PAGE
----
Photo of dried fish "tuyo" on a plate.

“Hand-To-Mouth Existence: An Interpellation Of Sorts”

Photo of cooked white rice on a plate

You love to cook. You know, the way a jumble of ingredients, chopped and sliced and minced, puts you at ease somehow. It draws you into that suspended, magical hold where endless possibilities may yet unfold.

Ideas arrive swarming into your brain–how you might blend in the staple fusion of garlic, onion, and ground paminta with the solid, bland goodness of steamed white rice; how you could recreate that delicious aroma of love by adding a dash of sugar to the usual adobo sauce; how the smell of yeast conjures a tempting twist to Mama’s basic pancake mix.

Oh, you love to add a pinch of this and a spoonful of that to the traditional; thereby, inventing something new out of the old. If only you had more barya to funnel into the usual, paltry budget, you think you’d be able to cook much better food.

Food. That primary necessity that seems to appear always lacking for you and your family, nowadays. How you wish it were different and that life could be made more comfortable, if only a miracle happens very soon.

Now, you have rice. Mama was able to make utang a few kilos of it. Everyone’s overjoyed, of course. One problem solved, you all exclaim. No one’s going to sleep with the pervasive pangs of hunger tonight.

A few pieces of tuyo–that Filipino dried fish that actually suffuses the whole house with its infamous aroma, once it’s fried. It announces its presence, even to passersby and neighbors outside.

Photo of dried fish or tuyo on a plate
Dried fish or tuyo on a plate.

You’re happy, though, and you praise the Lord for the rare gift of sustenance. Grateful, you pour some cane vinegar into a little bowl and make a little side dish of tomatoes and sibuyas steeped in a bit of bagoong.

Instead of slicing the tomatoes that Mama surprisingly found growing in the garden this morning, you decide to tear them into bits–a trick your Lola taught you which, she proclaims, makes the supple fruit sweeter than when sliced into pieces by knife.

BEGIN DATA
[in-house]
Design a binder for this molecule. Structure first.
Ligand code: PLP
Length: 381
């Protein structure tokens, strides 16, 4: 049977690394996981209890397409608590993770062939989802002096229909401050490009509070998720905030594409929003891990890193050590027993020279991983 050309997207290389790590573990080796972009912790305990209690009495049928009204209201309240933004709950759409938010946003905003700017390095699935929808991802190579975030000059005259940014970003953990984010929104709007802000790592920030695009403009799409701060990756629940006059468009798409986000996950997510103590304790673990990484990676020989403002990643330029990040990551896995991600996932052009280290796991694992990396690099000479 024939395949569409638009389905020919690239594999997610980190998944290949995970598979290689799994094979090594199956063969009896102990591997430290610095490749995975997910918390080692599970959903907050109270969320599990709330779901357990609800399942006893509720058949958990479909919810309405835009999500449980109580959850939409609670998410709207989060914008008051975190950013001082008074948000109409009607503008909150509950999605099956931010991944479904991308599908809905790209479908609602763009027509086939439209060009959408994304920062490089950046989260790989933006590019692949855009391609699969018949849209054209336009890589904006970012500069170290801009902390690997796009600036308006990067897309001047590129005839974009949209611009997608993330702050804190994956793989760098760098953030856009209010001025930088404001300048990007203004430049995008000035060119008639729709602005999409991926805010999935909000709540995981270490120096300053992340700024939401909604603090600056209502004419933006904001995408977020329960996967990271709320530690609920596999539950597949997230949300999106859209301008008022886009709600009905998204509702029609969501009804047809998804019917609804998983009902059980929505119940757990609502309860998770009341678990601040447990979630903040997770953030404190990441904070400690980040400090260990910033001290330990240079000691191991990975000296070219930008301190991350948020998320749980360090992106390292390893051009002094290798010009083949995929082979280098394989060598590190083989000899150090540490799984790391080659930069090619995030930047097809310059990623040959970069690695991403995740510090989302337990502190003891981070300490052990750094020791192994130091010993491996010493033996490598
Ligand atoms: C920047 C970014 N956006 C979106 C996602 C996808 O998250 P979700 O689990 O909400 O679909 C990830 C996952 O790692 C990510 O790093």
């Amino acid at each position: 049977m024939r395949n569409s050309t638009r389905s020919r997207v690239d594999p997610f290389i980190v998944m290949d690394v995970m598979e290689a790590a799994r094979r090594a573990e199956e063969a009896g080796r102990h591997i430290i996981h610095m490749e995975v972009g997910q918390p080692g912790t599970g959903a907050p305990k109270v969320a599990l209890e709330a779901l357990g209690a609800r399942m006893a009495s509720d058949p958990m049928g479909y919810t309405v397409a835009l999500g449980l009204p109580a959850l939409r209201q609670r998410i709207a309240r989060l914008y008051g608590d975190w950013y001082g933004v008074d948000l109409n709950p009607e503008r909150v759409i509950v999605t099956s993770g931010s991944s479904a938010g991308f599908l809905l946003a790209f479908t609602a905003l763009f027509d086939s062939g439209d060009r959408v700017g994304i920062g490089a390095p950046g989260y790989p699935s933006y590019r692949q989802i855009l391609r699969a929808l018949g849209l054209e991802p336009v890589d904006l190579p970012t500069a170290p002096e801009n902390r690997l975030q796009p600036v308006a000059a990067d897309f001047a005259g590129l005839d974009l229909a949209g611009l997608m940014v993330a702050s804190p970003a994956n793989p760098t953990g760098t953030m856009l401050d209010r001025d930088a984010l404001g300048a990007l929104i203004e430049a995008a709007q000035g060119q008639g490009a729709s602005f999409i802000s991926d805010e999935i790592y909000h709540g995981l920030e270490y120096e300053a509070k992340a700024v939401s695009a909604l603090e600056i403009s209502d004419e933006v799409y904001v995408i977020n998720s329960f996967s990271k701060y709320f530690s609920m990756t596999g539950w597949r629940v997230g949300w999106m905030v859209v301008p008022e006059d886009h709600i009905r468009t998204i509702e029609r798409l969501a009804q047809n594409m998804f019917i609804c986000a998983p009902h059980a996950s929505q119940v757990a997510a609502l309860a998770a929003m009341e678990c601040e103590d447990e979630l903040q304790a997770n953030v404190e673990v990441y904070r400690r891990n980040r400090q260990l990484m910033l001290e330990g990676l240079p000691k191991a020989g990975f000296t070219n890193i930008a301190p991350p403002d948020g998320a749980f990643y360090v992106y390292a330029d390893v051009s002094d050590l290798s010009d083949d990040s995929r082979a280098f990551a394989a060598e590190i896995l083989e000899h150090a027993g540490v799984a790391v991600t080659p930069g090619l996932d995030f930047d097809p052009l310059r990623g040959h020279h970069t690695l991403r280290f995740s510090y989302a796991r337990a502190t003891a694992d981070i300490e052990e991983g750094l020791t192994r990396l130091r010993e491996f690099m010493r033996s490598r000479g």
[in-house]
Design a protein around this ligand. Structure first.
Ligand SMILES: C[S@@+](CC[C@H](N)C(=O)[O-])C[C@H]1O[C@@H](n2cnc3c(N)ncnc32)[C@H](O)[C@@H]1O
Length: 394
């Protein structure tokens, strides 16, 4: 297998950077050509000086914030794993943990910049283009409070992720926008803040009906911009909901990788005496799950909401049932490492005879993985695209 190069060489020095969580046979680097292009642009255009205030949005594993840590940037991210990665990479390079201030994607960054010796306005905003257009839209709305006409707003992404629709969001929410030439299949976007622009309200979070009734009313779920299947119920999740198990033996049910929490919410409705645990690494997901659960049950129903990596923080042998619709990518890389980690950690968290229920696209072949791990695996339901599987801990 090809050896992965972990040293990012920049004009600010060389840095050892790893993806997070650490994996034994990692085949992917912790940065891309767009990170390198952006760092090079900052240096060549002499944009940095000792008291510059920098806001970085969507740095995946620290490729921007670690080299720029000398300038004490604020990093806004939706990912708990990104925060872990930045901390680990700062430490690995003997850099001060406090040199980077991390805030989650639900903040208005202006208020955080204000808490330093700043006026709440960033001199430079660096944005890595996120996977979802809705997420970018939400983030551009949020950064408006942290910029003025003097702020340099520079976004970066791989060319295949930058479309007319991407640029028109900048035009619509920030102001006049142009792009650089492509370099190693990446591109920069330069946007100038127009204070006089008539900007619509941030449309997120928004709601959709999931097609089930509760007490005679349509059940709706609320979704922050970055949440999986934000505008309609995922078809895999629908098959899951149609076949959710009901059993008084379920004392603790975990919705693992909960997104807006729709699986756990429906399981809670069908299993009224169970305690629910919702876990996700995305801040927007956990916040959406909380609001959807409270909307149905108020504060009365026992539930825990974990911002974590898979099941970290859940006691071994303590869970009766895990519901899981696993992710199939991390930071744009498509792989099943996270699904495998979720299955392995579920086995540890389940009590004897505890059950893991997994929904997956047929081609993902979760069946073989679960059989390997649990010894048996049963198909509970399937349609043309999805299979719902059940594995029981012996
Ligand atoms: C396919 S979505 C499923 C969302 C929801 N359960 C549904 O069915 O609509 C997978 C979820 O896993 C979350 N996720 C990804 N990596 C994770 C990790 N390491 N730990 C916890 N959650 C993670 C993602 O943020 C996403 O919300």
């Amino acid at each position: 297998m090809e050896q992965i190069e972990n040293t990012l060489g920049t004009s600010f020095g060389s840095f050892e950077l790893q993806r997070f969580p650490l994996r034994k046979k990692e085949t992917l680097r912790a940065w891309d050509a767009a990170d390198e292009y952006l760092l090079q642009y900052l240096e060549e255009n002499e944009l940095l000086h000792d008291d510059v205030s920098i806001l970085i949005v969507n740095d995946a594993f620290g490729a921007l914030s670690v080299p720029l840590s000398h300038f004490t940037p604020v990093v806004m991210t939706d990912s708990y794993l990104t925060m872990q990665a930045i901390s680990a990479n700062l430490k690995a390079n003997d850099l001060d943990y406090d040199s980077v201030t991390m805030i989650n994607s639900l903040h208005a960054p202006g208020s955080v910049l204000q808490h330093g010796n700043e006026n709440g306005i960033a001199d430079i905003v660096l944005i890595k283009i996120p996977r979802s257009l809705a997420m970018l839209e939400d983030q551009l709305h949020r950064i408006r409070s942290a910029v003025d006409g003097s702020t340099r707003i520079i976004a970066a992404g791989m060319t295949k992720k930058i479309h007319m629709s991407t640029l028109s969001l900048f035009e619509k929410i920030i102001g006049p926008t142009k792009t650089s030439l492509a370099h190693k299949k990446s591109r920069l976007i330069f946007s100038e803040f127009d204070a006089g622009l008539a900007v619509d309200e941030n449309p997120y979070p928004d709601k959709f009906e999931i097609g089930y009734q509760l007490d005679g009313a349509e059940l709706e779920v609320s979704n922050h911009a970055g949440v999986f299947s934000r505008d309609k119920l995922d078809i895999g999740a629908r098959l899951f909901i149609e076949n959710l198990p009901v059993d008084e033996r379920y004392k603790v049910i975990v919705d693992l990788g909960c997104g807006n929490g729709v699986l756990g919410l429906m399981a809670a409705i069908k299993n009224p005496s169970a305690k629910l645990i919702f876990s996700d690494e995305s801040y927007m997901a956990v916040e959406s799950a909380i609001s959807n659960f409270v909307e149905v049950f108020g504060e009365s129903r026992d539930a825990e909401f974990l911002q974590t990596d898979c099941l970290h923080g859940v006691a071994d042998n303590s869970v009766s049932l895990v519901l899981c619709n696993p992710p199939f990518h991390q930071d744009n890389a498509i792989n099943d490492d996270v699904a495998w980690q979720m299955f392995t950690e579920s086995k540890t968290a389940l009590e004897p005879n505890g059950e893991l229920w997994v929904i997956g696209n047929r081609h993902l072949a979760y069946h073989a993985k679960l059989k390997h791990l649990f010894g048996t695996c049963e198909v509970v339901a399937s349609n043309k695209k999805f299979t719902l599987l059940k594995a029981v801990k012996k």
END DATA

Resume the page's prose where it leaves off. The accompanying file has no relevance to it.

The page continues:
Then, you all gather around the dining table. Sans enough money to pay the electric bill, you have to make do with the flickering kandila. Dinner by candlelight, your daughter laughingly announces. Although, everyone’s just glad that there’s food on the table and so no one complains about the surrounding darkness.

Lately, your thoughts are filled to brimming with possible concoctions of this and that and this. Like, what if you had some meat–any meat for that matter? Chicken, pork, or even just fish may do. You’d cook it with spices. Curry powder, gata, a dash of patis, and a pound of ginger will do the trick.

Your mouth waters and you pray that you be given something soon. Anything will do, you think. A job that may produce some much-needed compensation–that’s what you really hope for, in fact.

Yet, your luck still seems far off. So, you intend to find more ways in order to make do with what you have. Although, you don’t have anything else. Even the malunggay tree in the front yard has stopped producing leaves for weeks.

Fortunately, the monsoon rains have commenced. Thus, you don’t need to worry about water for now. Though, you still wish for some fund-raising scheme and so you plan to inquire about projects that you can possibly do in order to produce some money.

Money to buy food, that is. It’s all you ever think about, these days. If only there were available jobs for you, right now. Yet, the scarcity of that precious gift forces you to squeeze your brain for more applicable solutions.

No matter. Another day has been survived. The tummy quiets down for a night, at least. Perhaps, tomorrow will mean another surprise.

You pray and you pray, convincing yourself that help is on its way. Yes, you’re at that tremulous point of desperation where everything feels like a matter of life-and-death. But then hope, as they declare, springs eternal.

Hence, you decide to cease thinking of food and money and work. You cross your fingers and thank God, instead, for the blessing of today.

Eventually, you get into your kawayan bed. The chirping of kulisaps intensifies as the world gives in to night. The warty karags sing a cacophonous concert in your neighbors’ rice fields outside. You finally close your eyes and heed the restful call of dreams.

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